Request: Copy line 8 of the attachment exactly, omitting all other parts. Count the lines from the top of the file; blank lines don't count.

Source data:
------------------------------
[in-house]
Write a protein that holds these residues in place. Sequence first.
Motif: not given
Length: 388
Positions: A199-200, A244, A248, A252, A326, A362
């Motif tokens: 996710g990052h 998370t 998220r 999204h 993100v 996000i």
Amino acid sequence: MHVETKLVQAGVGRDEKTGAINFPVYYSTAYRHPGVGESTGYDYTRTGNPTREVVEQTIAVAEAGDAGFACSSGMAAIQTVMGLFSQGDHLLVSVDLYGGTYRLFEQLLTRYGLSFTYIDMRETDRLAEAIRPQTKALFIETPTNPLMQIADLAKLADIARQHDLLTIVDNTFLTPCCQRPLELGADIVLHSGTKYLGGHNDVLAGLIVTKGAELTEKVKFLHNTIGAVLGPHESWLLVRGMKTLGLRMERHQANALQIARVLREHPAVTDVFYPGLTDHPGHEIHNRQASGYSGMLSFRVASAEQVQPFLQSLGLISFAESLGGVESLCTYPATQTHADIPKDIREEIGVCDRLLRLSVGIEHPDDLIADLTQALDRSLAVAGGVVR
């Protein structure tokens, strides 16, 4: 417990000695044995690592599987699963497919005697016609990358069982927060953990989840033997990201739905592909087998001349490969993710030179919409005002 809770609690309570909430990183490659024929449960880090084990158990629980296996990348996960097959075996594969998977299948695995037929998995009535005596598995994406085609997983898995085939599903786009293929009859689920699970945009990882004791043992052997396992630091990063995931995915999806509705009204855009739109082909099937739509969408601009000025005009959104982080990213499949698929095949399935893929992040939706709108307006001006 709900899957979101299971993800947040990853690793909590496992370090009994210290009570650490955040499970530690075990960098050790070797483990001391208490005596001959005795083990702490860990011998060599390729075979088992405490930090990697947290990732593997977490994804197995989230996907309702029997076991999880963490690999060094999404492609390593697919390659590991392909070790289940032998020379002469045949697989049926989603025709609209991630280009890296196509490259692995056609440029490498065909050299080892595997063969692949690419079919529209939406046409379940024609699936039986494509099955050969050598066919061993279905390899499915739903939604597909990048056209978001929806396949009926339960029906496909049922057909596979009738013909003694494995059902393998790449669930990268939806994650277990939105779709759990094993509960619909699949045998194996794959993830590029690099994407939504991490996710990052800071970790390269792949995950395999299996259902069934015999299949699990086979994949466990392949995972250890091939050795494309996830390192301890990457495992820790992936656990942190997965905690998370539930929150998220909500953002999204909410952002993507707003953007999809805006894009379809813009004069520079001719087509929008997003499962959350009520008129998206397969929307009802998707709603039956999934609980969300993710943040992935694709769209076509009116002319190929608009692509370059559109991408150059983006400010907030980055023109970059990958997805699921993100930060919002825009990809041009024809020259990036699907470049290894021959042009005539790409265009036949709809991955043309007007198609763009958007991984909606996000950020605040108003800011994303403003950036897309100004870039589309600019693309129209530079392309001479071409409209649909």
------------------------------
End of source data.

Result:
């Protein structure tokens, strides 16, 4: 417990000695044995690592599987699963497919005697016609990358069982927060953990989840033997990201739905592909087998001349490969993710030179919409005002 809770609690309570909430990183490659024929449960880090084990158990629980296996990348996960097959075996594969998977299948695995037929998995009535005596598995994406085609997983898995085939599903786009293929009859689920699970945009990882004791043992052997396992630091990063995931995915999806509705009204855009739109082909099937739509969408601009000025005009959104982080990213499949698929095949399935893929992040939706709108307006001006 709900899957979101299971993800947040990853690793909590496992370090009994210290009570650490955040499970530690075990960098050790070797483990001391208490005596001959005795083990702490860990011998060599390729075979088992405490930090990697947290990732593997977490994804197995989230996907309702029997076991999880963490690999060094999404492609390593697919390659590991392909070790289940032998020379002469045949697989049926989603025709609209991630280009890296196509490259692995056609440029490498065909050299080892595997063969692949690419079919529209939406046409379940024609699936039986494509099955050969050598066919061993279905390899499915739903939604597909990048056209978001929806396949009926339960029906496909049922057909596979009738013909003694494995059902393998790449669930990268939806994650277990939105779709759990094993509960619909699949045998194996794959993830590029690099994407939504991490996710990052800071970790390269792949995950395999299996259902069934015999299949699990086979994949466990392949995972250890091939050795494309996830390192301890990457495992820790992936656990942190997965905690998370539930929150998220909500953002999204909410952002993507707003953007999809805006894009379809813009004069520079001719087509929008997003499962959350009520008129998206397969929307009802998707709603039956999934609980969300993710943040992935694709769209076509009116002319190929608009692509370059559109991408150059983006400010907030980055023109970059990958997805699921993100930060919002825009990809041009024809020259990036699907470049290894021959042009005539790409265009036949709809991955043309007007198609763009958007991984909606996000950020605040108003800011994303403003950036897309100004870039589309600019693309129209530079392309001479071409409209649909």